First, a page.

A team of Lawrence Livermore National Laboratory (LLNL) researchers was honored with the Neill Griffiths Award this month, recognizing the most significant contribution to shaped charge technology. The award was presented at the annual International Symposium on Ballistics.
The research helped solve a challenge Shell International Exploration and Production (link is external) faced: how to sever the connection between an offshore drilling rig with the seabed in case of an emergency.
When the 2006 Deepwater Horizon oil spill took place in the Gulf of Mexico, the inability to detach from the seabed had disastrous consequences, beyond the environmental repercussions: 11 crew members died and a $500 million rig was lost.
The tricky part is that the emergency severance tool would be completely inaccessible – as deep as 10,000 feet underwater for months on end – and Shell needed to be certain it would work at a moment’s notice without fail, and without going off inadvertently. Shell turned to the national labs, and the project ended up in the hands of LLNL physicists and computational engineers who cut their teeth in the LLNL weapons program.
“They wanted to make sure this didn’t happen again,” LLNL physicist Dennis Baum said. “But they needed help designing something with extreme reliability requirements and high consequence of failure. That’s what we do really well here. Many of the requirements are similar to what we face with the Stockpile Stewardship Program.”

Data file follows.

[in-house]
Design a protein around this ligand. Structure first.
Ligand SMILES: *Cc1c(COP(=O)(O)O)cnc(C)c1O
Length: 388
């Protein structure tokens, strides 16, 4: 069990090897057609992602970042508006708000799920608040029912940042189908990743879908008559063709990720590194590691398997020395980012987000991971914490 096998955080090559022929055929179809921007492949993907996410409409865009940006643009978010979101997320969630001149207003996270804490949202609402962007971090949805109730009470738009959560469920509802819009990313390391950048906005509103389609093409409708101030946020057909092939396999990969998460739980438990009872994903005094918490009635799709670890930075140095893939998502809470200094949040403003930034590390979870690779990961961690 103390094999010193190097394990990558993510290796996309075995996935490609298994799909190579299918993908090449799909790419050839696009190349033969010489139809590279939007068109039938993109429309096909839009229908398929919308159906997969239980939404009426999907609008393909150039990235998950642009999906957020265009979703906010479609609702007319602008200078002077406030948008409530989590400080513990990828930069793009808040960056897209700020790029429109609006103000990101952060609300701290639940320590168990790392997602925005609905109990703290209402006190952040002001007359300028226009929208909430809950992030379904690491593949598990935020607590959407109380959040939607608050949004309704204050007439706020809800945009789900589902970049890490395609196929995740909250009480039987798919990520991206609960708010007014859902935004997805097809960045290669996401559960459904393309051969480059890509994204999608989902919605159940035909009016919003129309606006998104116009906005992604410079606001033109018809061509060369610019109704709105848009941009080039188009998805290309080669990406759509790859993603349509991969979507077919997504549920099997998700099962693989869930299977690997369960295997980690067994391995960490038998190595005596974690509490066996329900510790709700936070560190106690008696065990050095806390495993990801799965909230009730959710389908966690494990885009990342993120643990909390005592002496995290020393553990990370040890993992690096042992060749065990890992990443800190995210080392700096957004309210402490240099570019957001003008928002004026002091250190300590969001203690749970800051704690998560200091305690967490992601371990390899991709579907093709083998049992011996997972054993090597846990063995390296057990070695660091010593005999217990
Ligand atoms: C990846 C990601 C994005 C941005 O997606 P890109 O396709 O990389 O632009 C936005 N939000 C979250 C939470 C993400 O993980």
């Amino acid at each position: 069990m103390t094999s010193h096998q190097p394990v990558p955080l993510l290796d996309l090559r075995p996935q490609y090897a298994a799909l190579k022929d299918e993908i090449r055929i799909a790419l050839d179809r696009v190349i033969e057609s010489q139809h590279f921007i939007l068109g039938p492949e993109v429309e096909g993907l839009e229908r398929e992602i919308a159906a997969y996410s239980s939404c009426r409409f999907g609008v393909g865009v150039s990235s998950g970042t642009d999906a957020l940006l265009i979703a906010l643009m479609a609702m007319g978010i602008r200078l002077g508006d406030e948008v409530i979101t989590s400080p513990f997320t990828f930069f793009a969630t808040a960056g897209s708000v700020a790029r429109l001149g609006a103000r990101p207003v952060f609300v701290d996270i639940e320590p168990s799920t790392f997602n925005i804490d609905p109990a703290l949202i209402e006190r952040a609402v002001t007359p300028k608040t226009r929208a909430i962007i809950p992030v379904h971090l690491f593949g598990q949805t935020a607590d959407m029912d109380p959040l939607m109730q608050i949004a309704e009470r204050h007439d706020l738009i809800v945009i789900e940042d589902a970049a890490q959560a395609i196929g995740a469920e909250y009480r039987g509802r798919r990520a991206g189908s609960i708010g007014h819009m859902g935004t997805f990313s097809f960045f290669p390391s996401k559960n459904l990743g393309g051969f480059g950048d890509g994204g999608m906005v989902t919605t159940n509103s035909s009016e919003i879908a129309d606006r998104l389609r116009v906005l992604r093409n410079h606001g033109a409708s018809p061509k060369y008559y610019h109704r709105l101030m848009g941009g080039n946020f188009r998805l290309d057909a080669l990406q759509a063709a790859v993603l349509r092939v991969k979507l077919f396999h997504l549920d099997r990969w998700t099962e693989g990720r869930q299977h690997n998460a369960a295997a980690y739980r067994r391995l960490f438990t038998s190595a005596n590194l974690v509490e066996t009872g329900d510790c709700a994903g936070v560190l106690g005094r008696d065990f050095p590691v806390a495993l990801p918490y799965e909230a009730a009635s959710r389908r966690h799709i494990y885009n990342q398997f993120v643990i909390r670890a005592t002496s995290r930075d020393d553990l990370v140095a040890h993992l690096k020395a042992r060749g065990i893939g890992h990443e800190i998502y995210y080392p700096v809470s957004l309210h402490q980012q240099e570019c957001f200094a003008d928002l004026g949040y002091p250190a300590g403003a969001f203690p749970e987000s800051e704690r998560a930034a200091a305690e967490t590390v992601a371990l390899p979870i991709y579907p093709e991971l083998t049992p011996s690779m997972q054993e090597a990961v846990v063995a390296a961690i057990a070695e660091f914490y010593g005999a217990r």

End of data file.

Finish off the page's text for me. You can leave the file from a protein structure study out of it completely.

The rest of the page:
To sever the rig from the seabed, the team designed a system using shaped charges to cut through an 18.5-inch-diameter steel tube filled with drilling mud and an interior drill collar that’s 9.5 inches in diameter with 3-inch walls. Using shaped charges to cut through steel is something the LLNL team knows unequivocally. But there was one element that wasn’t yet validated in LLNL models.
“You have to have enough jet left after penetrating the mud to sever the interior collar,” Baum said. “We understand the shaped charge piece. The only new unknown was the drilling mud. It’s a very specific question, and we designed a clean, unambiguous experiment to answer it.”
To answer this question, Baum’s team designed an experiment with three shaped charges firing simultaneously, allowing the team to compare how the shaped-charge jets penetrate varying amounts of drilling mud. The team placed 60 miillimeters (mm) and 120 mm of drilling mud in the paths of two of the shaped charges. The third had no barrier in front of the jet, allowing it to serve as a placebo of sorts. The team snapped an X-ray photo of the charges as they were set off to show that they fired simultaneously, and another X-ray photo after the jets penetrated the mud layer, allowing them to measure the specific impact drilling mud had on the jets.
“It was a beautiful result,” Baum said. “The minute I saw them, I said, that’s presentation quality.”
The results validated their model of shaped-charge jet erosion in drilling mud, which is critical to understanding if charges in the field would have enough energy after penetrating the drilling mud to sever the interior steel collar. The research could end up saving lives, but if you ask Baum, he’s just as excited to help expose early-career researchers to the art of effective experimental design.
“Symposiums like this tend to focus on simulation,” Baum said. “But that’s only good if there aren’t any unknown variables in your model. When you are working with an unknown, it’s critical that you know how to design a focused experiment capable of definitively answering a specific question. That was our contribution.”